Wednesday, February 14, 2024

Oxtail soup concoction

 Oxtail Soup Concoction 

OK, this may seem manic, but I have to share this one-off with those of you who like to cook because it was so unexpectedly delicious and took about ten minutes. This is how it happened. It was all done with waaay leftovers. 

1.     Ox tail bits from the freezer: I had made beef stock from oxtails (one oxtail sawed by the butcher into pieces, a quartered onion, some chunks of celery, some chunks of carrot, a bay leaf, some water—you figure it out, just not too much water—and cook it for two to three hours, strain off the broth to keep, ditch the veggies, freeze the oxtail bits).

2.    Some of the leftover stock, gelatinized in the fridge, about ½ Cup or a little more.

3.    Mashed potatoes from three days ago—equal parts potato and celery root pieces—boil the hell out of them, smash’em, add some butter and cream, salt and pepper.

4.    Reduced tomatoes from, like, five days ago. (Take a can of chopped tomatoes and reduce by 50% in a pan on the stove or in the oven at 350, a little salt, a little thyme, until sort of dry-ish.)


  • Thaw out the oxtail pieces enough to take the meat off the bone, or better, heat in a pan until you can take the meat off.
  • Heat in a sauce pan with a little butter and light oil (sunflower or veg oil) along with one or two tablespoons of the reduced tomato goop. Stir to prevent sticking/burning.
  • When hot, add the old stock/broth
  • Add one or two tablespoons of the mashed potatoes and blend into the broth. Don’t thicken too much.
  • Warm
  • Serve in a shallow bowl
  • I also had a few leftover mushroom agnolotti that I refreshed in hot water for a few minutes and added to the mix just before serving.
  • A little parmesan and pepper completed the dish.

This concoction was unbelievably delicious. I was even sober. I don’t have a photo. Next time. 

Wine paring: this would be a full bodied red: Australian Shiraz, Zinfandel, Washington state Cabernet Sauvignon.


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Monday, March 1, 2021

Carrot-ginger soup




This can be made in less than 30 minutes and is delicious! Servings: 2-ish


Here’s All You Need:

            1 or 2 medium carrots, cubed or chunks


            1 small sweet potato (orange meat), cubed


            ½ Winter squash, butternut or other, peeled, cubed or chunks

            Ginger root chopped, 1 – 2 tsp or ground ginger ½ tsp

            Chopped onion or leek or both, 2 Tbsp or more

            ½ apple, any kind, chunks

            Vegetable broth, homemade*, about 1 Cup – 1 ½ Cup

            Salt, black pepper

            Rosemary, chopped finely, ½ tsp at most

            Olive oil, 2 Tbsp


Here’s what to do:

            Heat oil in soup pot

            Add chopped ginger and onion/leeks, cook for 1 minute medium high

            Add carrots/sweet potato/squash, cook 2 min medium high

            Add apples if using

            Add Veg broth enough to cover and boil medium to high until soft, about 10 to 15 min

            When cool enough to handle, blend to fine puree or thinner with more liquid

            Add chopped Rosemary

            Season with salt to taste and simmer for 5 minutes

            Serve with freshly ground black pepper and croutons* (optional but very good)


Wine paring: a fruity white such as Vouvray, Gewerztraminer, Alsatian Reisling, or Viognier.

*Vegetable broth, homemade                       Prep time 15 min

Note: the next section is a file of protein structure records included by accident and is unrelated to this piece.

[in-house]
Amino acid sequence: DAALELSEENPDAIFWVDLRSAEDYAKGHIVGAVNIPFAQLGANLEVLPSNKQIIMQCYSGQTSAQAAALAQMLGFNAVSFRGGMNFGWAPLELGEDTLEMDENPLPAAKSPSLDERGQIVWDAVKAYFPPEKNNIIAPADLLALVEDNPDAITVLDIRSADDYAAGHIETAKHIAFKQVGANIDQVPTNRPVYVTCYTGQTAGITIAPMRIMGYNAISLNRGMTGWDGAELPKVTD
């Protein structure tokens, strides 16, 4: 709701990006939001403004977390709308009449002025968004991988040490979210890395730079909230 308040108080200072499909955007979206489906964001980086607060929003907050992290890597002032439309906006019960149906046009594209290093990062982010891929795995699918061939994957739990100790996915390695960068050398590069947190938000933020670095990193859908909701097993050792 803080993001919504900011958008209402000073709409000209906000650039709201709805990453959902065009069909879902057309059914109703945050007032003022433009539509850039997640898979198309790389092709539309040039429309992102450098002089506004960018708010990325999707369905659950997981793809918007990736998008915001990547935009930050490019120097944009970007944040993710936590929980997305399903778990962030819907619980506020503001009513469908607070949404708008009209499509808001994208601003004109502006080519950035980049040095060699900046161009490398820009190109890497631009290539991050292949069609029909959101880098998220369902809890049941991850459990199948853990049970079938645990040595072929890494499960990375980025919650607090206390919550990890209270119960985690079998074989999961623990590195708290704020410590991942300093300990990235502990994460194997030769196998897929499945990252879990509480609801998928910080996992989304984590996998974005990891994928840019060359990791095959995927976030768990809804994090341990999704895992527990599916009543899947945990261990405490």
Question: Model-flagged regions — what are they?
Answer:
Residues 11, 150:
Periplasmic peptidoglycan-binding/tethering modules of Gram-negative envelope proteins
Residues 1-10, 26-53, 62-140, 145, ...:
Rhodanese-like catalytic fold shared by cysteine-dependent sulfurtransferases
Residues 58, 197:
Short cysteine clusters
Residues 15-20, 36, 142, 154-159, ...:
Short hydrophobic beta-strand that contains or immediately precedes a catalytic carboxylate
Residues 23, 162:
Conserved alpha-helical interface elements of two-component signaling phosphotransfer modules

Place bits of carrot, onion, celery, some parsley, and any other green veg you have, cover with about 1 to 2 cups water depending on quantity of veg. Bring to boil and then simmer for only about 10 min for freshest flavor. Taste and salt, cook more if necessary but pour off otherwise. A very fresh tasting broth, perfect in soups or plain with noodles or rice.


*Croutons: Follow Josh McFadden’s recipe in Six Seasons, or break up bread, toss in small quantity of olive oil, mix and bake at 400 for only 5 to 10 to 15 min depending on the bread, until a bit brown and crispy but not dried out (a little chewy in the middle)



Tuesday, August 2, 2016

Shredded Zucchini sauté

This simple recipe is delicious and versatile. I first learned about it through a Julia Child video from her TV show in the 70s.

Here’s all you need:
Salt and pepper

Here’s what to do:
1.     Grate/shred the zucchini, place in a bowl and add salt based on amount of zucchini (approx. large pinch of kosher salt for 8 inch zucchini).
2.     Let sit 30 to 60 minutes to extract water
3.     Squeeze water out of zucchini. You can save the liquid for flavouring soups, etc.
4.     Melt 1 to 2 TBSP butter in a saucepan, add zucchini and heat until hot but not cooked. Salt and pepper to taste and serve immediately.

Variation: add uncooked corn kernels and/or cut up blanched green beans for a more complex taste treat. Again, heat until hot but the vegetables should not cook to the point of softening of texture. The crispness is part of the delight of the dish.

Wine: A white Burgundy (Chardonnay) or Sancerre (Sauvignon Blanc) best, unless serving with meat that would beg for red Bordeaux or Burgundy.

Thursday, October 8, 2015


Butternut squash                     Prep time: 10 minutes

                                                       Cook time: 60 to 90 minutes

                                                       Serves: 2 or 3

It’s butternut squash season! Fire up the oven!

Squash is bland, so concentration of flavors is necessary. In this recipe, roasting creates a savory/sweet side dish that is sure to please you and your guests.

Here’s all you need

1.     One butternut squash, small to medium, peeled and cut into squares

2.     Olive oil, 1 or 2 Tbsp

3.     Ginger root, minced, 1 to 2 tsp

4.     Kosher salt, one large pinch

5.     Pepper

6.     Thyme, ½ tsp to 1 tsp